Do you want a Great Relationship?

By Richard Walker MSc, PDCHyp, MBSCH

Do you want a great relationship? Then you will want to know that it’s about helping each other develop and grow to achieve ‘wholeness’, and not just about giving and taking love. And secondly, that each partner must 100% commit to do whatever it takes to make it work - not just 50/50! When people take the step to seek me out for help, I know they are most likely willing to try.

As with every problem, I start with the premise that we are always in control, albeit perhaps at an unconscious level. So, from this perspective, I am investigating how someone would attract partners, and relate in ways, that they don’t want! A key part of my strategy is to uncover destructive hidden thought patterns, or ‘beliefs’ that the person holds about themselves, the world, or others, which govern their behaviour.

Take the case of Lynne (not her real name), 55, who came to see me because she wanted to ‘move on’ and to have a steady and lasting relationship. She said “I keep living in the past, comparing with a past relationship, and thinking about things that have gone wrong. I always have a nagging doubt that it’s ‘too good to be true’, and I can’t help looking for problems when there probably aren’t any - but I need to be sure in my own mind”.

She also told me that, “I can’t talk about things - my mind goes blank”. This helped me to uncover three important beliefs: (1) ‘I can’t have the ideal relationship’; (2) I don’t (ie. won’t) know my own mind, and (3) ‘I can’t say what I want’. Well, that seemed to me to be a good recipe for entering into relationships that aren’t ideal, that she was not sure about and in which she would not communicate (ie. relate)!

Using Time Line TherapyTM (a trance technique from NLP – Neuro Linguistic Programming) we reversed her three limiting beliefs and then focused her mind on what an ideal relationship would look like for her, and how she would be behaving within it. After some hours work she announced, “I’m ready to move on!!” and was totally confident about creating a lasting and satisfying relationship.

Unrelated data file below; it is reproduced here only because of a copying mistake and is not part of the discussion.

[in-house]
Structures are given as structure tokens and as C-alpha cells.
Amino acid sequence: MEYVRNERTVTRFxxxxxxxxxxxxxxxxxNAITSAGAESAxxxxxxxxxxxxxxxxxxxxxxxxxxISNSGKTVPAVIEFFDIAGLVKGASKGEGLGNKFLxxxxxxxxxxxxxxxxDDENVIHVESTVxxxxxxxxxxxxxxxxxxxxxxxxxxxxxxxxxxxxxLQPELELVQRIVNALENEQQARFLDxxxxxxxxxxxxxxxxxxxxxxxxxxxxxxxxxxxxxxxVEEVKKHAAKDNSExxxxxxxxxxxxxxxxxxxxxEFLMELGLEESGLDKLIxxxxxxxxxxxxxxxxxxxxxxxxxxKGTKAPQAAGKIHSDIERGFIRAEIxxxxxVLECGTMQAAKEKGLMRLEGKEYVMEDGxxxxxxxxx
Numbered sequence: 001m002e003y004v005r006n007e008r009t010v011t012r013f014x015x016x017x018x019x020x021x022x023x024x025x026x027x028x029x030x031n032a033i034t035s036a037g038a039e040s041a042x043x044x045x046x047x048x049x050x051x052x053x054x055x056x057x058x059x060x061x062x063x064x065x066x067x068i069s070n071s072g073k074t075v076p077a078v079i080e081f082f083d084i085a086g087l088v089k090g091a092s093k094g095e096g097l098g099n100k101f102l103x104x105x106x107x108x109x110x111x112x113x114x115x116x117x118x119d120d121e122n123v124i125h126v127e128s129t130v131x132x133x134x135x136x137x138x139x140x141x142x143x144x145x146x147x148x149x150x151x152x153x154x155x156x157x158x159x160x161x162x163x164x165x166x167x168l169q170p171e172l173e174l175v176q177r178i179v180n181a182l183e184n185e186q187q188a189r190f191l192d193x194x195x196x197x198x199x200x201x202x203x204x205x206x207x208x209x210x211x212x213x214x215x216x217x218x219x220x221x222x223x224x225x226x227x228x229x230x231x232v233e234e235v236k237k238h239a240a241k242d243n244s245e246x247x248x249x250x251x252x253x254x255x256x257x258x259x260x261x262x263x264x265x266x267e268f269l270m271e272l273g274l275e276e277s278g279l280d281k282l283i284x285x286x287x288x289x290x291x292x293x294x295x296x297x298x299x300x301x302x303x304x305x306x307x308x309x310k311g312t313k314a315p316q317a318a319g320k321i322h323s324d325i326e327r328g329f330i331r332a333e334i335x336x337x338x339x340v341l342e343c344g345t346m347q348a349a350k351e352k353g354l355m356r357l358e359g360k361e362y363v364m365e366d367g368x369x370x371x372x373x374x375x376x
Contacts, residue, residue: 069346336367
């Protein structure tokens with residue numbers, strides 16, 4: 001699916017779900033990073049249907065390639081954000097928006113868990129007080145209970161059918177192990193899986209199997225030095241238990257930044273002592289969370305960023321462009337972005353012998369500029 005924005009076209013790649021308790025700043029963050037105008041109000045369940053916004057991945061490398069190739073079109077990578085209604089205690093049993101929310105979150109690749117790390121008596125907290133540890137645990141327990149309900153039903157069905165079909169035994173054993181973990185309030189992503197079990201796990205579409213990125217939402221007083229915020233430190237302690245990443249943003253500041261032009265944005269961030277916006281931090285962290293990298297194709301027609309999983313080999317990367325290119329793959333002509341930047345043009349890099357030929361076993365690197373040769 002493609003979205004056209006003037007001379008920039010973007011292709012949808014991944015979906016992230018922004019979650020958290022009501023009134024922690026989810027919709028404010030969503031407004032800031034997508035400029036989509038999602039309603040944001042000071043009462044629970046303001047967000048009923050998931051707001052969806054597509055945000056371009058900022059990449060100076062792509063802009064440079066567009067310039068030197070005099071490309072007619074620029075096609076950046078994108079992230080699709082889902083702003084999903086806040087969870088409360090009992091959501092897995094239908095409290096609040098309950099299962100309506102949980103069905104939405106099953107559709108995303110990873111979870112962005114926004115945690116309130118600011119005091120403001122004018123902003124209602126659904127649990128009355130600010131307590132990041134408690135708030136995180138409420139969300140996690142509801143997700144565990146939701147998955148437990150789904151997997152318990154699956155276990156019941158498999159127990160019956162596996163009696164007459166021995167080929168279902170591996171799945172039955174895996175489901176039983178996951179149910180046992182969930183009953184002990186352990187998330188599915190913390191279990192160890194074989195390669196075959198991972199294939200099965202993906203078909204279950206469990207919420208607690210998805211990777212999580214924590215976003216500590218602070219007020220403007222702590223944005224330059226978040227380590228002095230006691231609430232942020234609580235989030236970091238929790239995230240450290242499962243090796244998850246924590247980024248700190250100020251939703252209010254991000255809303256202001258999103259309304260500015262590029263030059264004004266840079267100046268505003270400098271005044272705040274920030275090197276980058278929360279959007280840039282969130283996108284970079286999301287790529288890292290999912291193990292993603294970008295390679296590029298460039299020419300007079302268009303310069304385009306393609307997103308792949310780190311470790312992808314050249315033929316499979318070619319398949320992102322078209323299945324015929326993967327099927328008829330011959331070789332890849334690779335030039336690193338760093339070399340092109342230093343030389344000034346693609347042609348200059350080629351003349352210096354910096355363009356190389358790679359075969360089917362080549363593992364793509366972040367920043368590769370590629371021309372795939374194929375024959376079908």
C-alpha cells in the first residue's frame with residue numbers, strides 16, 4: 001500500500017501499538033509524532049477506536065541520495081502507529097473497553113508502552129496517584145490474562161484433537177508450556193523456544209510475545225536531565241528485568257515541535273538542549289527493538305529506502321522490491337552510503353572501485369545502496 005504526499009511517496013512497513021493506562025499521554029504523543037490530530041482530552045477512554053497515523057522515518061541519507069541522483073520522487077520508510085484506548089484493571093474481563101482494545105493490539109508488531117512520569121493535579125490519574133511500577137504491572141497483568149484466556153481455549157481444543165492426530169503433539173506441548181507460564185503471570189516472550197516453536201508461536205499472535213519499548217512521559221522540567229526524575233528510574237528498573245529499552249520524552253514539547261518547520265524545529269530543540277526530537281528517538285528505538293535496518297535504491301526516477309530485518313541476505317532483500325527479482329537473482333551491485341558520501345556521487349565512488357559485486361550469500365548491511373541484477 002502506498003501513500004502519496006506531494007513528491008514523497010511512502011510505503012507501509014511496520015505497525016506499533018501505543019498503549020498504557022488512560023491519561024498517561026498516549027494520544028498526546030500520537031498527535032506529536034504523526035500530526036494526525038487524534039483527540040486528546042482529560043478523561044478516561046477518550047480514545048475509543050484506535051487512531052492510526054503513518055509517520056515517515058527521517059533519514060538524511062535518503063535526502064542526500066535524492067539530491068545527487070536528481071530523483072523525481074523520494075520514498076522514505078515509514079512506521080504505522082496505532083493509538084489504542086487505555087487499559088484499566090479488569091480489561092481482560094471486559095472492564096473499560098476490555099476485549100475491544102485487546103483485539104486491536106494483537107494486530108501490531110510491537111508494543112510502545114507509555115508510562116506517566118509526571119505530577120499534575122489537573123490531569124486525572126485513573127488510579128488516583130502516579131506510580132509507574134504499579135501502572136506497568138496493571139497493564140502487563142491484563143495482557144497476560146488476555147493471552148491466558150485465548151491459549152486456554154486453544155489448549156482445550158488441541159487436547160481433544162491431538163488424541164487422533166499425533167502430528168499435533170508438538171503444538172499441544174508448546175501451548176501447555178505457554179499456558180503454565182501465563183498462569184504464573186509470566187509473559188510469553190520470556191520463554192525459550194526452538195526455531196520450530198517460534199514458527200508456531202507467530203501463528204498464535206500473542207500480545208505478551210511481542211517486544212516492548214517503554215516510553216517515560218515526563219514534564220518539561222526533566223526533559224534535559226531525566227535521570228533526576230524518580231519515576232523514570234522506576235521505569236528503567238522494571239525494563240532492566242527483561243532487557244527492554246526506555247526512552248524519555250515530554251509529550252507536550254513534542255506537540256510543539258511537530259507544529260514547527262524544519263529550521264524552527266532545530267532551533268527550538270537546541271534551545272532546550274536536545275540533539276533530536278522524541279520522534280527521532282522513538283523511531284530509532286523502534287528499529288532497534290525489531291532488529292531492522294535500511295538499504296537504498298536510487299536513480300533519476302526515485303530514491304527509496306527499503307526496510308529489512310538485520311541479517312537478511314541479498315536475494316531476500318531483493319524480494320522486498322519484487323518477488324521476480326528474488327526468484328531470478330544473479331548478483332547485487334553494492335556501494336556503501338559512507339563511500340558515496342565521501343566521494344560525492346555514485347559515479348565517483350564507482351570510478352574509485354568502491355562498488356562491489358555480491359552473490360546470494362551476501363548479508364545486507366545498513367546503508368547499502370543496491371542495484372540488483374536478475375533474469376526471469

A rather different case was Brian, a young doctor. In discussing his career, we uncovered a need ‘to be settled down and married’ – which seems fine on the face of it. But underpinning this lurked a prime concern – ‘must not be lonely’. Now, whatever you focus your mind on, you will tend to create in your life. So the problem here is that if you focus on something you don’t want (ie. loneliness), then that’s what you will tend to create! A second problem also arises, that once you have avoided the thing you don’t want (ie. loneliness), then your motivation now mostly collapses, and you don’t give full attention to developing a good relationship.

The upshot was that Brian strove to start a relationship, which then got rocky. Naturally, he would then get motivated to avoid it failing... and the whole process would repeat over time. A key step to creating good relationships for Brian was to reverse the limiting belief that he feels he is alone. Hidden thinking like this can underpin problems ranging from migraine to stress, and from insomnia to irritable bowel syndrome.

Weight control is a topical example, where beliefs like ‘I must clear my plate’, or ‘I must put others first’ can cause havoc. A recent client said about the work we did, “If I had known beforehand that I could feel this way, I would have paid anything – it is priceless”, which is not an untypical remark.

Richard works one-to-one and in workshops.

To find out more about how these techniques can help you, call Richard on 01582 768830 or visit his web site

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